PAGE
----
Vetting the quality of imaging services
Vetting the quality of imaging services
By Beth Kutscher | January 2, 2016
Healthcare price transparency is slowly gaining ground as employers become more cost conscious, and consumers have to pay more out of pocket under high-deductible health plans. But a key missing link has been the ability of employers and consumers to obtain reliable information about quality as well as price.
Review sites have proliferated, but the ratings focus on factors such as customer service and wait times, rather than clinical quality and outcomes.
New York City-based Spreemo started in 2010, with a focus on helping employers and patients vet diagnostic imaging centers on quality and price. Radiology is a specialty where many consumers are able and willing to comparison shop.
As an experiment, Ron Vianu, co-founder and CEO of Spreemo, sent his mother, who had lower back problems, to three magnetic resonance imaging centers in New York City. She underwent three scans and received three different recommendations and treatment plans. “Most people think radiology is a commodity,” Vianu said. But, he added, “there's very little consensus about what goes into quality.”
Spreemo has developed software that helps consumers evaluate quality and costs. It collects extensive data from providers, from their accreditation to their protocols, such as how many pictures they take per scan. The company grades imaging centers based on how accurately they interpret scans, the types of equipment they use, and their turnaround time.
It has even launched its own Quality Research Institute that asks outside experts to develop consensus on what constitutes quality and to measure the impact on patient outcomes. The experts regularly review a random sample of scans from Spreemo's providers to complement the company's predictive modeling, with the idea that high-quality centers should have the least degree of variability. Spreemo's senior medical adviser, Dr. Richard Herzog, who directs spinal imaging at New York's Hospital for Special Surgery, heads the research institute.
Spreemo's current focus is on worksite injuries. Its main client base is large, self-insured employers and worker-compensation insurers. “Employers are very incentivized to get people better,” Vianu said. “If someone has less than optimal care, that's going to cost them.”
Providers that want to join Spreemo's referral network send their data to the company. Employers and third-party administrators use the data to match patients to imaging centers. The data are sortable by quality metrics, price and travel distance to the listed centers.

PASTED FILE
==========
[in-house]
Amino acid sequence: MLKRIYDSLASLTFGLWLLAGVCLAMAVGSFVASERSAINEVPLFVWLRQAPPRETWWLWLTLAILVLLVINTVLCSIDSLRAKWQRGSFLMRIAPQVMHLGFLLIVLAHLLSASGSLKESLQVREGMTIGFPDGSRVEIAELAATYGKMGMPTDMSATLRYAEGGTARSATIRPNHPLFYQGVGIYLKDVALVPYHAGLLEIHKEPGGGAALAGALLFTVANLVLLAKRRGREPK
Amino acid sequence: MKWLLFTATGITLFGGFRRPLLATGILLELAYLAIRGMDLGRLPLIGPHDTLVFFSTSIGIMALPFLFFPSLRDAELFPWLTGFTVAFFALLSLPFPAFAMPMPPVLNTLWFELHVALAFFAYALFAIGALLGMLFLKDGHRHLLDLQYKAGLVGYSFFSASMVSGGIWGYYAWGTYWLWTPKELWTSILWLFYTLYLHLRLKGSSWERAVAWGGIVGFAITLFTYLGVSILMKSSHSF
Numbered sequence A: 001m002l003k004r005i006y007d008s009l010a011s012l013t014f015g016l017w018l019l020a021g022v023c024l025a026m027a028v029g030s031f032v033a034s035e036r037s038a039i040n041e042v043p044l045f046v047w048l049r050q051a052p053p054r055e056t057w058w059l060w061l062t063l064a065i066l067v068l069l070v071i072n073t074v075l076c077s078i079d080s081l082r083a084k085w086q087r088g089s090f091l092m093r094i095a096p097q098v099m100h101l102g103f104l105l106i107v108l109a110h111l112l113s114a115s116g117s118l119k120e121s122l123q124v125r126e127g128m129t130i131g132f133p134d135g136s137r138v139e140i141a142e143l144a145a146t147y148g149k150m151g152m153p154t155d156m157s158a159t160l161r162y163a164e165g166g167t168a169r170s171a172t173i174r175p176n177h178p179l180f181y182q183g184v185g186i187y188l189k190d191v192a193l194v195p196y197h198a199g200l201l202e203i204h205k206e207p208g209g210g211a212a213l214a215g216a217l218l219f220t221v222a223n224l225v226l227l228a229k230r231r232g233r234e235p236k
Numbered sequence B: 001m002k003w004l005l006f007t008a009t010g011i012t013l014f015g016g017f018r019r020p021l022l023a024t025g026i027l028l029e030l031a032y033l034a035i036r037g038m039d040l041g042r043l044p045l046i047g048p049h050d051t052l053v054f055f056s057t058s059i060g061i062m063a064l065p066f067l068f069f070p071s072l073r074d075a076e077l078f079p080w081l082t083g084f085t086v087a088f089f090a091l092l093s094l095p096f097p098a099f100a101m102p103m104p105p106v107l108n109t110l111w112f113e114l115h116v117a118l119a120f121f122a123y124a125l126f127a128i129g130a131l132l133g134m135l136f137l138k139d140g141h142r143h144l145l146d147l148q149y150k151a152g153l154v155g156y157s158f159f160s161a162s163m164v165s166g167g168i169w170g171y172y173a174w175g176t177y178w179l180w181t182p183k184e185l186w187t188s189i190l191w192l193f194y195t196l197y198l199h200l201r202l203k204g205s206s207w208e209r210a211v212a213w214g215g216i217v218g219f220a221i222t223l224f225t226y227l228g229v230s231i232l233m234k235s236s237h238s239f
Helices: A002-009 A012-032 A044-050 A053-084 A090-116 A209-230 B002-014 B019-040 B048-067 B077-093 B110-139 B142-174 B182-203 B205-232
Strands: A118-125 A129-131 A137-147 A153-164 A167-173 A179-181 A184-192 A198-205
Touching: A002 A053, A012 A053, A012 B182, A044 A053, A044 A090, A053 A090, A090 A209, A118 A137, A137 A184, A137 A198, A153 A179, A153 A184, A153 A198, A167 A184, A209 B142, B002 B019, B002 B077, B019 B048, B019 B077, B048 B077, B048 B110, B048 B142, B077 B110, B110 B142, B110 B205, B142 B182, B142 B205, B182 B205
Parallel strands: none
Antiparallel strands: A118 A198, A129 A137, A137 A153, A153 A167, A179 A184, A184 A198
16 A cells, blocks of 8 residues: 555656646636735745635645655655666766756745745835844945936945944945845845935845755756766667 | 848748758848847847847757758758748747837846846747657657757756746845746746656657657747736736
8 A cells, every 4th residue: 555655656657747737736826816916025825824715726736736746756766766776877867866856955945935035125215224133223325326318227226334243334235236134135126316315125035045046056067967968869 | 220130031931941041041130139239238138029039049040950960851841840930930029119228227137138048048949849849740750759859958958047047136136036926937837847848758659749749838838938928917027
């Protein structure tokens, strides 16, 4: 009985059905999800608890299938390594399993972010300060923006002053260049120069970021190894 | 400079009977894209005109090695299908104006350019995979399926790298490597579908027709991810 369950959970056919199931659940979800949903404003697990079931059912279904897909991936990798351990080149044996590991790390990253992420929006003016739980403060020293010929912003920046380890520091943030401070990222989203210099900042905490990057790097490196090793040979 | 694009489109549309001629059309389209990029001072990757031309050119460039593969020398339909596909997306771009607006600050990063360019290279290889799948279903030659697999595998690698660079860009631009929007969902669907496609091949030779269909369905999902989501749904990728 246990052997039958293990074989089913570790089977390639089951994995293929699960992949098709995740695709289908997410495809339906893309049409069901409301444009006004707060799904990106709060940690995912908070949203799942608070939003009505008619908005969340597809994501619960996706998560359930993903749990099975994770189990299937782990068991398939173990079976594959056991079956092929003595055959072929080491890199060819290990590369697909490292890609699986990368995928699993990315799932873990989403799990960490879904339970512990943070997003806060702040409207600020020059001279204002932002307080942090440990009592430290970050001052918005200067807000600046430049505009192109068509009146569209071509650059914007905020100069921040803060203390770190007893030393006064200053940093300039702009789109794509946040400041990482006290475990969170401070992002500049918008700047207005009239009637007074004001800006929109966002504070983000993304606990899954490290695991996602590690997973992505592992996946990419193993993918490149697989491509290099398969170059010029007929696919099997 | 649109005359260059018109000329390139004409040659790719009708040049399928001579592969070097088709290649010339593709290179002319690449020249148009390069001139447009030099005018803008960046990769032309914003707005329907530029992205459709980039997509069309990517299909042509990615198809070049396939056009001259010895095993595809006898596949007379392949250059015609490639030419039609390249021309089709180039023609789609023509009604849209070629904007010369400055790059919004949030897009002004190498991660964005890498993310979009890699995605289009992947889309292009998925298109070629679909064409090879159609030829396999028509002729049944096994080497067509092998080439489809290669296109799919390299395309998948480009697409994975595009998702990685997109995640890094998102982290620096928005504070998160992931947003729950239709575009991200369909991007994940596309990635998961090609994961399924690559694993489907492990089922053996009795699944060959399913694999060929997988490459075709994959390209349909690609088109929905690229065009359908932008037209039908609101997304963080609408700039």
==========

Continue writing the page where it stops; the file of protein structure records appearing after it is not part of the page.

Radiology services have become price transparent at a faster rate than other medical specialties, according to a study in the Journal of the American College of Radiology published in April. Researchers found that nearly 80% of academic medical centers and private radiology practices were able to provide prices for a head CT scan without a contrast agent. Rates ranged from $211 to more than $2,000.
SPREEMOCo-founder and CEO: Ron Vianu
Headquarters: New York
Innovation: A software platform that allows employers to find and refer employees to diagnostic imaging centers based on quality, turnaround time and price.
Status: Spreemo in June secured an investment from private-equity firm Pamplona Capital Management. It currently has more than 100 employees.
Radiology results can vary based on the type of equipment used, the software upgrades made and clinician skill, said Dr. Robert Epstein, chairman of University Radiology Group, which has 20 offices in central New Jersey. “Part of quality is good technology,” he said. “It's really about the machine, the software, the process and the radiologists.”
Epstein's group, which joined Spreemo's referral network three years ago, said Spreemo's focus on value encourages radiology groups to invest in high-quality equipment. “They stand out because they are more in tune with our focus on quality and value, and less so on absolute price,” Epstein said. The relationship also has helped connect the group with large employers.
Epstein said many payers steer patients to the lowest-cost provider. But poor-quality imaging can end up costing more and producing a bad outcome. “If you save $100 or $200 on an MRI, but you have an unnecessary $50,000 back fusion, that's actually not so good for patients,” he said.
Spreemo recently surpassed 100 employees, and in June secured an investment from private-equity firm Pamplona Capital Management, whose size was not disclosed. Vianu said it has providers in every state.
Looking ahead, the company sees an opportunity to provide payers and patients with the same type of assistance for other medical-specialty services. It also envisions marketing its software to organizations that are working under financial-risk contracts tied to patient outcomes.
Payers and consumers need to be able to understand what they're buying, Vianu said. “You want to go to someone who gets you better.”
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